Casey Mulligan of the University of Chicago presented a layman-friendly "Effects of the Affordable Care Act on Economic Productivity."  The key for any analysis is the wedge a tax establishes between marginal benefit and marginal cost.
Tax distortions are changes in behavior on the part of businesses or households for the purpose of reducing their taxes or increasing their subsidies. We call them distortions because they don’t occur for real business or real personal reasons. They occur because of the tax code.
A good analyst will have to consider whether a tax is intended as a corrective tax, where private incentives don't reflect all benefits or all costs, but even in such cases, even the most well-intentioned of nudges will generate distortions.  In the case of the health insurance reforms, Professor Mulligan argues that the nudges are not well-designed.
The mandate or penalty is intended, of course, to encourage employers to provide health insurance. And the exchanges are where the major government assistance is provided, since those who purchase insurance in an exchange typically receive a tax credit. As I’ll explain, taken together, the penalty on employers and the subsidies in the exchanges add up to a tax on full-time employment—a tax that you pay if you work full time but not if you work part time or don’t work at all. And the problem with that, of course, is that by taxing full-time work—which is the same as subsidizing part-time work and unemployment—you get less of the former and more of the latter two.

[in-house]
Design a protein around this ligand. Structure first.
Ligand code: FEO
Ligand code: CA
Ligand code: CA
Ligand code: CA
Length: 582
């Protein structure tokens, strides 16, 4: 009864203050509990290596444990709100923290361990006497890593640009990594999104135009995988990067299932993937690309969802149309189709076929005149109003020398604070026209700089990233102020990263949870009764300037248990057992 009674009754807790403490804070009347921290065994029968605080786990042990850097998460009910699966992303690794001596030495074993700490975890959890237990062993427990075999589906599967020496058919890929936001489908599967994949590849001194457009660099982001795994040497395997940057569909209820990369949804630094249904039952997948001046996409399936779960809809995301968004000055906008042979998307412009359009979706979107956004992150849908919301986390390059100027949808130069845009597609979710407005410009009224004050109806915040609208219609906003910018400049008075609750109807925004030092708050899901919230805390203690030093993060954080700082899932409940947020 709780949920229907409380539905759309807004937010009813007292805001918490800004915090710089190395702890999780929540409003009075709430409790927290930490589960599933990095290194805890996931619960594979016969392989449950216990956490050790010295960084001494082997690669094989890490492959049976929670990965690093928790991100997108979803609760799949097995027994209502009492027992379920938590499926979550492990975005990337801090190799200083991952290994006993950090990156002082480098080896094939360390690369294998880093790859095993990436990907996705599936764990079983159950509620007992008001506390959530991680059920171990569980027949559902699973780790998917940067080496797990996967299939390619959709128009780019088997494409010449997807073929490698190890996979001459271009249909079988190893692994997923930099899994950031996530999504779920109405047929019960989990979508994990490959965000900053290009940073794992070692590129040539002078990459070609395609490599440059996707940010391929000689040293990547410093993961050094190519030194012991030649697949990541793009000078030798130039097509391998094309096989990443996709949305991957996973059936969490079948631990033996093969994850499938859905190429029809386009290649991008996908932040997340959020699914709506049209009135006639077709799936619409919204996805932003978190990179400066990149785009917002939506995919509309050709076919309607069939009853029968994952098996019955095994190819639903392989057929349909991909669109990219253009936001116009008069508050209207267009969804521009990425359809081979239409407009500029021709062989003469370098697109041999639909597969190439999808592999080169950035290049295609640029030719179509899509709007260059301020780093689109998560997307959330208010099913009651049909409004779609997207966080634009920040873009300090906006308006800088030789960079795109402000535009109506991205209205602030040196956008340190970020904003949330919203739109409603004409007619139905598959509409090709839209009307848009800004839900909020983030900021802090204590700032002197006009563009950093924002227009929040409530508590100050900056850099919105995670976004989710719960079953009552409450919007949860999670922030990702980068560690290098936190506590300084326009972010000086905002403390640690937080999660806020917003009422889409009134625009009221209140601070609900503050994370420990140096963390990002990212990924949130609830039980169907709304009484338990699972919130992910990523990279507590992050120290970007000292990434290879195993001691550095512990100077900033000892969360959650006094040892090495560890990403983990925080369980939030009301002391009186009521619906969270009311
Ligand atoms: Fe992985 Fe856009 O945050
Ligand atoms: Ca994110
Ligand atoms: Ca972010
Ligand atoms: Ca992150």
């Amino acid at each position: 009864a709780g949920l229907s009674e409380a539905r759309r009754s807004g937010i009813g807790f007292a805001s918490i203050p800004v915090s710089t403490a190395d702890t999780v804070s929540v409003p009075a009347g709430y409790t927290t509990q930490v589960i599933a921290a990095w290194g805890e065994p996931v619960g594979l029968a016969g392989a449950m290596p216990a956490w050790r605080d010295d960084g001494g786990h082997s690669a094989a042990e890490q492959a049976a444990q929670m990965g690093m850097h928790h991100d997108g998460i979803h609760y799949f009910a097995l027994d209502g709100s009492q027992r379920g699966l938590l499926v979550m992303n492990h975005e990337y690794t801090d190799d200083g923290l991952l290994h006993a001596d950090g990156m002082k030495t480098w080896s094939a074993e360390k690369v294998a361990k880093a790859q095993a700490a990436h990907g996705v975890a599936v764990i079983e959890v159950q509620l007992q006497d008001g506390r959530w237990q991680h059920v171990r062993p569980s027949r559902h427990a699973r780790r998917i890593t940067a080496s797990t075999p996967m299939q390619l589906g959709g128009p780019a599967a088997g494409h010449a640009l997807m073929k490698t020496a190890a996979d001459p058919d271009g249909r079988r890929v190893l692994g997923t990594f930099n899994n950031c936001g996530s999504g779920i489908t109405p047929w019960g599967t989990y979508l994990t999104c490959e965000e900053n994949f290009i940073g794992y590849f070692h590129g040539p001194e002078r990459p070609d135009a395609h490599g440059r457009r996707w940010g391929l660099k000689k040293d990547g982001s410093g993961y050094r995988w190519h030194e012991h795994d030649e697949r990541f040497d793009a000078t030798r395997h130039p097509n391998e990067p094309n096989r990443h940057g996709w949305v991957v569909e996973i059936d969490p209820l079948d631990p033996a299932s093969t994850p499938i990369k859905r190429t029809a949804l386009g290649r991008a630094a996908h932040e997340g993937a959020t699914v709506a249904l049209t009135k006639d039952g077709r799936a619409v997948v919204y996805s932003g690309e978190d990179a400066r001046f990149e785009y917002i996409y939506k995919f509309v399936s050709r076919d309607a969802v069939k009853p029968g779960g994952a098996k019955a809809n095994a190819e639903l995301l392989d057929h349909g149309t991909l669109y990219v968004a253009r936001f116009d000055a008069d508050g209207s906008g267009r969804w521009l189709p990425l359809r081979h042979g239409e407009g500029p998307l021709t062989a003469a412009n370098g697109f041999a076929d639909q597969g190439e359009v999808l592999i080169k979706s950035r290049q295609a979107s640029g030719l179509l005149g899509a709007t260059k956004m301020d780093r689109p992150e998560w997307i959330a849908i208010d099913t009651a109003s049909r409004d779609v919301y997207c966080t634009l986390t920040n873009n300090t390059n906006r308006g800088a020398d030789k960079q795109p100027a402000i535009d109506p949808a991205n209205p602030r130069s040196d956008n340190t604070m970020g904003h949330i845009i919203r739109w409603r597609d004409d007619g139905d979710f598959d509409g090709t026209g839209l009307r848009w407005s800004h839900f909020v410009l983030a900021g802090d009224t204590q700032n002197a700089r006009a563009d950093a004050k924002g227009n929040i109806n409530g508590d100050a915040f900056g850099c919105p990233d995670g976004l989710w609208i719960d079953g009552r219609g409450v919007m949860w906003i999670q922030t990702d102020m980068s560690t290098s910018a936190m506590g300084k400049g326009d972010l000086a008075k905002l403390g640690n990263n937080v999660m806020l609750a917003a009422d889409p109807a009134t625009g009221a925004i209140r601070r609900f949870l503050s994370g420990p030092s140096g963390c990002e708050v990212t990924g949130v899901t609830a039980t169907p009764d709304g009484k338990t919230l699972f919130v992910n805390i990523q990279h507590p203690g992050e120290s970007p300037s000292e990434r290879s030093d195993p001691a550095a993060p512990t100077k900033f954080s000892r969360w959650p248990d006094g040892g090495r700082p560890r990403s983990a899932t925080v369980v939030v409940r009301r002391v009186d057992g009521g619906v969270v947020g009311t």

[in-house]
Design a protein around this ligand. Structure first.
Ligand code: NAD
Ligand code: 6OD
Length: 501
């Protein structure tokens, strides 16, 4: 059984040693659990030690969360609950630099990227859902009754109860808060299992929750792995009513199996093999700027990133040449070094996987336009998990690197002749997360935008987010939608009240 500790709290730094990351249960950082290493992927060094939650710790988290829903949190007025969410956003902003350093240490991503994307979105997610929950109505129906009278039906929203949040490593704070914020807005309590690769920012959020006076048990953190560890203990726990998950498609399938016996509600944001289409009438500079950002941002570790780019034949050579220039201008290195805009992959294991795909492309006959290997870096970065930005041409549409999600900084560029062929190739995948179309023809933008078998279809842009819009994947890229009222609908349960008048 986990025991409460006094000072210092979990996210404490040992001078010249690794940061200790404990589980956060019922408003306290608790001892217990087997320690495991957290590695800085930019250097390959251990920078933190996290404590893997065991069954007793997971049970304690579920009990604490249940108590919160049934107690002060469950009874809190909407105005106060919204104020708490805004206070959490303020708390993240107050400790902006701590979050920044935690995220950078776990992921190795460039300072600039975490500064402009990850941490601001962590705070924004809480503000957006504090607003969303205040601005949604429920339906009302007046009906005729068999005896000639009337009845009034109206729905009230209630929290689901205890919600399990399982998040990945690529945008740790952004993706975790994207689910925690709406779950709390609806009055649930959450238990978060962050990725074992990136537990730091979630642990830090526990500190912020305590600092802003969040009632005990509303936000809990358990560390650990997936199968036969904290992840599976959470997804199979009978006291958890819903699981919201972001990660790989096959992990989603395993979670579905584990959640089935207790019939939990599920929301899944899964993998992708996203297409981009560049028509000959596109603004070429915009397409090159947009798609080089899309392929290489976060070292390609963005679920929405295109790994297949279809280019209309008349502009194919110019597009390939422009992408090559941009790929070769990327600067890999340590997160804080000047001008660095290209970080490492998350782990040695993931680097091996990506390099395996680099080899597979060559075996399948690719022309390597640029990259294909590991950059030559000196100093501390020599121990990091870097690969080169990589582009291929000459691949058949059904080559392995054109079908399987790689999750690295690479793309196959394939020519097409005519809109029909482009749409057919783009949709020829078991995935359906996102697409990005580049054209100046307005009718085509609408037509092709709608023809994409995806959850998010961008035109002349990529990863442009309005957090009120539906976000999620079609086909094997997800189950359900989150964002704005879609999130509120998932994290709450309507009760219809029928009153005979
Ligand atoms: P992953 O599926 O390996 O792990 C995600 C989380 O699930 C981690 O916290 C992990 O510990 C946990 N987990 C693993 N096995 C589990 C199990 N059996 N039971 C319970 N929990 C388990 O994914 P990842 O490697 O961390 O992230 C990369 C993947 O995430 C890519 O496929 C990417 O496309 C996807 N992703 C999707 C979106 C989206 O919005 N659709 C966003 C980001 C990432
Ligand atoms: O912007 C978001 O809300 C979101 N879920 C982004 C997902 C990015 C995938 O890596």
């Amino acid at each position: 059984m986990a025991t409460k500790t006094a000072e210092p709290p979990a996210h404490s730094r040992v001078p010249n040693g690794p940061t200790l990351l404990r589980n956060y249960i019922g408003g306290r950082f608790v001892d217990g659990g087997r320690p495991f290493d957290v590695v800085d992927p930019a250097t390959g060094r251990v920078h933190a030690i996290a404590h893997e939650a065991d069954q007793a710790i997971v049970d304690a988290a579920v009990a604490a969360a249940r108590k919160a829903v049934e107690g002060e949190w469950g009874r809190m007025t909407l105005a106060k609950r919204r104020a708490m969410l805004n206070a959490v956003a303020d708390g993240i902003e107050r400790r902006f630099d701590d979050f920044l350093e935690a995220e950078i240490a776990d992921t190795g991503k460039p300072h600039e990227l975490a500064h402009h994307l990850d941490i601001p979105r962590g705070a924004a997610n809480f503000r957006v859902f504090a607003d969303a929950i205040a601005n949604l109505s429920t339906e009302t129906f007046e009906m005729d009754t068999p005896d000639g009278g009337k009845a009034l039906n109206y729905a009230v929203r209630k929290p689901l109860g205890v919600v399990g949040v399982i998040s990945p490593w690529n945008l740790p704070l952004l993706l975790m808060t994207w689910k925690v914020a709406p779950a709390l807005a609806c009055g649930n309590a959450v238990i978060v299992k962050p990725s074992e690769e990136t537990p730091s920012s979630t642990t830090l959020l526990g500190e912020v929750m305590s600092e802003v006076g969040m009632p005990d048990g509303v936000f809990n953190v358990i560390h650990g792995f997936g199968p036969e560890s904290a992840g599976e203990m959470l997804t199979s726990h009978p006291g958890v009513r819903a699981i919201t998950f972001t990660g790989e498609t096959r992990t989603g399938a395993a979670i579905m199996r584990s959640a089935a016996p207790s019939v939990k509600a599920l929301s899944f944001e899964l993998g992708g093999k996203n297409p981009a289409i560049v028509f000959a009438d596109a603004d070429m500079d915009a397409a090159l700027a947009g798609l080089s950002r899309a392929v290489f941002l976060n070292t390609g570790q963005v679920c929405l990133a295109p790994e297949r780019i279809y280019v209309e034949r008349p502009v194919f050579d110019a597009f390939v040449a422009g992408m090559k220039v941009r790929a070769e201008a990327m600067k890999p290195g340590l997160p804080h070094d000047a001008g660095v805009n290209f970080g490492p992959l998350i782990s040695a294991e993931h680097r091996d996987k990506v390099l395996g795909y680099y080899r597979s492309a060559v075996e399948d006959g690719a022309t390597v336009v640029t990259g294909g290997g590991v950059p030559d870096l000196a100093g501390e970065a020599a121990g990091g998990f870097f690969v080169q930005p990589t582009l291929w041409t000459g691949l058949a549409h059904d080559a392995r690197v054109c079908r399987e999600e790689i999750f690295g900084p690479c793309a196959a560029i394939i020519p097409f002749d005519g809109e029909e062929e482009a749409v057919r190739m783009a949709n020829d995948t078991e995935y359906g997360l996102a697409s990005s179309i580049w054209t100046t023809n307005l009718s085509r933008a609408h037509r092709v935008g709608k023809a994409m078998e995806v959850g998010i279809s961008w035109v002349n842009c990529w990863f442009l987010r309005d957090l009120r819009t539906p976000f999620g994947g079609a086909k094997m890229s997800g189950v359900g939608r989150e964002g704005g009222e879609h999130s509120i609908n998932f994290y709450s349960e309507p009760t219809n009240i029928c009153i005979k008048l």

Yes, and fewer corporations can designate relatively low-salaried employees as managers and schedule overtime, which will only get you more of the latter two.
In the old days, working part time meant you earned less, and your family had less to spend than if you worked full time. Under this new system, on the other hand, if you have a family of four and make $26 an hour, dropping to part time can actually improve your financial condition by qualifying you for well over $1,000 per month in subsidies through the health care exchanges—an amount that exceeds what you would make by working the extra eleven hours per week. This is an economically perverse situation.
Perhaps the law is best understood as a ploy to make universal Medicare look good, although Soviet comrades supposedly had universal Medicare.

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